Last week we told our hearts that there was no profit in dying wise; what is not havel is… well, that we have left as an exercise for the reader. This week, another verse, Ecclesiastes 2:16:
For there is no remembrance of the wise more than of the fool for ever; seeing that which now is in the days to come shall all be forgotten. And how dieth the wise man? as the fool.
I want to talk a little bit about time, in this verse, and in Scripture and in our lives. When the KJV says that there will be no remembrance for ever, the Hebrew is l'olam. Now, that's fine: l'olam does mean forever. But it also means the world (or even the universe). How does that work? Well, this is complicated, because language is complicated. But bear with me, because I think it's lovely: olam comes from a verb alam which means to hide or conceal. In this sense olam is hidden time; eternity, time out of mind, forever. I like the idea of eternity as hidden time, myself, but you can also think of it as the vanishing point, if you like, what we can't see.
Time is, in Scripture, not entirely linear. I wouldn't personally go so far as to describe it as a big ball of wibbly wobbly, timey wimey stuff, but certainly it isn't reliable that one thing causes the next, rather than vice-versa. And there is a thing that Amy-Jill Levine used to call eschatological time, a kind of eternity that happens outside time altogether, in which prophecies and visions occur. Perhaps the sun stands still, perhaps the mountains are laid low—space is also affected, I have to say. You can take it as a rhetorical device or as metaphysical speculation. Or as miracle, remembering however that experiencing linear time is pretty miraculous, too. At any rate, when you come across two events in Scripture, one after the other, do not necessarily assume that they have been placed there because B happened right after A. The connection may be thematic, or even logical, rather than causal or chronological.
Now, I believe that what happened with the word olam is that it became associated with two phrases: ha-olam ha'zeh and ha-olam ha'ba. Zeh is this (or here) and ba is coming (or there). This forever and that forever; the time we experience and the time to come, this world and the next. When the language really starts changing, in the Roman period, during a time of enormous changes and dangers, a time that a lot of leaders felt was the endtime, I suspect that there was a lot of talk about ha'olam ha'ba, the next world, and that its opposite was shortened to ha'olam, this world. And thus ha'olam became the world.
Is this linguistically plausible? I have no idea. Lots of things that are less plausible are still true, after all. Whether that's how it worked or no, it is the case that at the time of Ecclesiastes, olam did not yet have the meaning world, but meant forever.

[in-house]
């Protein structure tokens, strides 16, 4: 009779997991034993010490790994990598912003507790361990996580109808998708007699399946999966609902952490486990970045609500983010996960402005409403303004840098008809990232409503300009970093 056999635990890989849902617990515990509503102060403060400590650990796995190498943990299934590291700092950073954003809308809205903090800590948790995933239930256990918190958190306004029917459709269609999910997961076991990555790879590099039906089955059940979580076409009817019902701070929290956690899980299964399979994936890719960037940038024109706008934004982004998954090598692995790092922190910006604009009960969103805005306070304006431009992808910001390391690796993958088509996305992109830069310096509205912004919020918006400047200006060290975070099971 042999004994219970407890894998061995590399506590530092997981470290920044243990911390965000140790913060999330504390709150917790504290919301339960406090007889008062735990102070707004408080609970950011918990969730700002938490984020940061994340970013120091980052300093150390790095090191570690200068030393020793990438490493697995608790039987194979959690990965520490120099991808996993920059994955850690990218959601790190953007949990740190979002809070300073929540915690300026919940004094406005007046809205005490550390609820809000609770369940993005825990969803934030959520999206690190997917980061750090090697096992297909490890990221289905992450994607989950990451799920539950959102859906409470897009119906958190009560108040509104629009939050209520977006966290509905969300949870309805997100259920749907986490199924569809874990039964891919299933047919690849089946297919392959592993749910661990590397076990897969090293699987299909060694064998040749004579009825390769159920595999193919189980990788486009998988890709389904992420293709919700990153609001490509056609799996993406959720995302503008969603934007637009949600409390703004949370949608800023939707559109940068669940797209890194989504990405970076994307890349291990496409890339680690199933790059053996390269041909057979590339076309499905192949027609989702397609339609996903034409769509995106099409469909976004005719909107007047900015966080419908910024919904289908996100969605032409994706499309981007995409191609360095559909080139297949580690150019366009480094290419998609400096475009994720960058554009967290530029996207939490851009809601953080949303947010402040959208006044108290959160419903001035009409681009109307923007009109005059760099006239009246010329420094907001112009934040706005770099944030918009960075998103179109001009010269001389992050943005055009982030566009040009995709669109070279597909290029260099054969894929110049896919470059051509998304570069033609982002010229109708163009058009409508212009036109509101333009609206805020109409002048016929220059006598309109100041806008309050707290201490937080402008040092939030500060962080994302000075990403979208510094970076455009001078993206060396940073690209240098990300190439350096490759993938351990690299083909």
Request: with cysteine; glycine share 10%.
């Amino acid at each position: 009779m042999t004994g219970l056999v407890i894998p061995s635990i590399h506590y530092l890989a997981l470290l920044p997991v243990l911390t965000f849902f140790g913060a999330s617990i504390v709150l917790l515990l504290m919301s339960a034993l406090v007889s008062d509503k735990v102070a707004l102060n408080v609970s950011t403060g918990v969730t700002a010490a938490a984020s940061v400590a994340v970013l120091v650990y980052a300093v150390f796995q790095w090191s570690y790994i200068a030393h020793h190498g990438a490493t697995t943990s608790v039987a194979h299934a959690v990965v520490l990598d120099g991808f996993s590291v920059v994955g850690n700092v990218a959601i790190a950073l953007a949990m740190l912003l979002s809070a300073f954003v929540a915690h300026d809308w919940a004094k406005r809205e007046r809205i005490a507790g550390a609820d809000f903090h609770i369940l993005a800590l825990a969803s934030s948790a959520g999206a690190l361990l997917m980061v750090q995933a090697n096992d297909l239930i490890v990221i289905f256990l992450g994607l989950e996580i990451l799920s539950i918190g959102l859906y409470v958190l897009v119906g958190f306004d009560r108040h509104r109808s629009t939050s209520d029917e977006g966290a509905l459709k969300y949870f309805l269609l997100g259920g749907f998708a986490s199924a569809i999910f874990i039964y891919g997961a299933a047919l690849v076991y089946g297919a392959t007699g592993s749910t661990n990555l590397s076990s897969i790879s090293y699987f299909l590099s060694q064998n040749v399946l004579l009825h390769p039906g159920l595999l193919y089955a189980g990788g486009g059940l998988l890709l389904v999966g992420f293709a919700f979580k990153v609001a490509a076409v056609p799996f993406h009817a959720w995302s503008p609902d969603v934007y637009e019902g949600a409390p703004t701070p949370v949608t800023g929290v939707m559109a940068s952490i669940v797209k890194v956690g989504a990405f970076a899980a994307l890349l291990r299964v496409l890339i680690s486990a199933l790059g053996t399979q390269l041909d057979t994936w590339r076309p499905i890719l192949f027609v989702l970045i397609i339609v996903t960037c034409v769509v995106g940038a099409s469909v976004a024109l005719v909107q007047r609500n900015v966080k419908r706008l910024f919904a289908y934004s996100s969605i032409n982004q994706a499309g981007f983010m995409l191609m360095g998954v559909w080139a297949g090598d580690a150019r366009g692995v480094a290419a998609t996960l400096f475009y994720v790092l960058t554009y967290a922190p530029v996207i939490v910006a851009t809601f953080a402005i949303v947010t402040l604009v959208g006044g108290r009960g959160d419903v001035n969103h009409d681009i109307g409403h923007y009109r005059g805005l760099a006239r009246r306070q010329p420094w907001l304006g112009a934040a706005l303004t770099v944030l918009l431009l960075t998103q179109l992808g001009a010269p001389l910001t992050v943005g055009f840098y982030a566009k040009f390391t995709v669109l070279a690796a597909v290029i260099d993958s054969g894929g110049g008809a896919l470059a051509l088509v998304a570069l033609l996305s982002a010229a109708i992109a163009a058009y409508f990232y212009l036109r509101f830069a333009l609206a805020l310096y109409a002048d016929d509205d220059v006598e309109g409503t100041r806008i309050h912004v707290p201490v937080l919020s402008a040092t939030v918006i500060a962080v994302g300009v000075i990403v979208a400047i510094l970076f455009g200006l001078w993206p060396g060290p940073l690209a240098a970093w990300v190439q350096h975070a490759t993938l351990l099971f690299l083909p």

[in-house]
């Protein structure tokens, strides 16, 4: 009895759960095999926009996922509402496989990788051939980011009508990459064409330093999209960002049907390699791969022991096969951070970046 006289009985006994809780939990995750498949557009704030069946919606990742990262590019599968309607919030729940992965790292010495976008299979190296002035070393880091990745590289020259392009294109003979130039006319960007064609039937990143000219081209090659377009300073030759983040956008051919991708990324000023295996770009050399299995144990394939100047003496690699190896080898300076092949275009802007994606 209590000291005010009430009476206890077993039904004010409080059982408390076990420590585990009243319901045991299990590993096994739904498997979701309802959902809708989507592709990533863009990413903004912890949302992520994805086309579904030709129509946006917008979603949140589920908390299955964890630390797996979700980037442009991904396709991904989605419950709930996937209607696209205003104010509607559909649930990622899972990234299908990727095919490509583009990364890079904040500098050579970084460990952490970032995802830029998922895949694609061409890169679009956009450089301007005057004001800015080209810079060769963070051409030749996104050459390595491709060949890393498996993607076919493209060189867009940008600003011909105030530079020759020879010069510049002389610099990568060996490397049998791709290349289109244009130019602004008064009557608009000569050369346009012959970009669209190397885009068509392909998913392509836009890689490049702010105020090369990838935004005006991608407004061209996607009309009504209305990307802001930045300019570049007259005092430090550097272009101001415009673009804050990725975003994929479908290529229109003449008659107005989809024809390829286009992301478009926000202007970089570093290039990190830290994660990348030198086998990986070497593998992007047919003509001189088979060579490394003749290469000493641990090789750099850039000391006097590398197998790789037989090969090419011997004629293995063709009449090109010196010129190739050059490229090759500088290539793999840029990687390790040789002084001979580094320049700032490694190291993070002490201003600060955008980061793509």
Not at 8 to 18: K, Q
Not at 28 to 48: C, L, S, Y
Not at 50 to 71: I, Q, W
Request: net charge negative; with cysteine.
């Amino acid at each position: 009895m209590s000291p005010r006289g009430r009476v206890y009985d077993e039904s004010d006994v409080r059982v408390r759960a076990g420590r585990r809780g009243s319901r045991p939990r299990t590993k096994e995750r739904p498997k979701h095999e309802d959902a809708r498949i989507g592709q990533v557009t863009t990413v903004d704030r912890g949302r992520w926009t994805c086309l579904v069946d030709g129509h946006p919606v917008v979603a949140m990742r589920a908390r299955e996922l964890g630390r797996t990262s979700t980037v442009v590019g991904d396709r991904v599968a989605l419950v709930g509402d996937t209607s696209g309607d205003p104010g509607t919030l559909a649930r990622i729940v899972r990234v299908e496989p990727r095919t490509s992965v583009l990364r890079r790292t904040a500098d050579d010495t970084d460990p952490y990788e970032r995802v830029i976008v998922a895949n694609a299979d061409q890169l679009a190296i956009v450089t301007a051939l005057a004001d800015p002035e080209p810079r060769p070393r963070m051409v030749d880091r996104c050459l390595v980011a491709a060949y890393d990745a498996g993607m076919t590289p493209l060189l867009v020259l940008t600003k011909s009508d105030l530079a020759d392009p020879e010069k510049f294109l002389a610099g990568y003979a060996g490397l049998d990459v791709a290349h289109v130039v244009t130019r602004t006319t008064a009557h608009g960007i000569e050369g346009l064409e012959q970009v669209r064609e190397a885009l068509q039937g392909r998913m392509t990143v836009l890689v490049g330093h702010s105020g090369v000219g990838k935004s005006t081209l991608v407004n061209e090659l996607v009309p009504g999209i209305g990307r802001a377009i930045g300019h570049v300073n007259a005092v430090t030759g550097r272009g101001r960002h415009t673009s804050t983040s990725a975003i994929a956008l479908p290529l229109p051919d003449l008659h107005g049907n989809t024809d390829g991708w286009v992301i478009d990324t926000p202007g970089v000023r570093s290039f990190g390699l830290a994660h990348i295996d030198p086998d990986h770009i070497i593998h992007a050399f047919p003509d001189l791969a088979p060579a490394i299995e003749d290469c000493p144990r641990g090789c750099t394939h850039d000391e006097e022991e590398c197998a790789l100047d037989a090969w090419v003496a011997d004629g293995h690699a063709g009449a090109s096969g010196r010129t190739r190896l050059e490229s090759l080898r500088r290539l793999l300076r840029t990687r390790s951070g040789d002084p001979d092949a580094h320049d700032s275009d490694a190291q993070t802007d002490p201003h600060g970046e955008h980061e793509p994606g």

The one really great thing about Scripture existing in eschatological time, for Your Humble Blogger, is that it was written for me, and my understanding, in my world. Which means that if it feels to me that there is a connotation of this world in l'olam, then I can decide that it was meant to connote that, even if the time doesn't work out properly, because time is a hidden thing.
The hidden nature of time is what the whole verse is about, isn't it? l'olam is forever, b'shek'var, already, ha-yameem ha-ba'im, the days to come. Zik'ron, remembrance, nish'kakh, forgetting—it surely is memory that reveals time to us or hides it. If you read for the evocation, not the p'shat, here, it is powerful stuff: for no remembrance | the wise man | against the fool | forever | already | days to come | all | forgetting. The past and the future seem to be mixed up here, as we are already forgotten in the future, or will be.
To me this is not simply about how our lives, my life and yours, will someday be forgotten, but about we (and all people) also have forgotten other people, who also have no memory of still others. We can't hold it all. We can't even remember the past, much less the future. That is, we cannot, humans that we are, the wise and the fool who die like each other. The Divine that does not die, though… are we not all held in the memory of the Divine, not to be forgotten? It is people who, with their limited understanding and capacity, cannot remember all the wise folk and fools in the days to come. That forgetting is an inability to remember that is peculiar to this world, l'olam, this ball of time. The Divine exists both in this world and in l'olam ha-ba, the coming forever, the other kind of time, in which there is no forgetting and no remembering, no time to come or days gone by. And it is from that viewpoint that there is indeed a different between the wise and the fool—they are both mortal, which is the fundamental sameness, but the difference between them, forgotten by mortals by virtue of being mortals, is known to the Divine.
Tolerabimus quod tolerare debemus,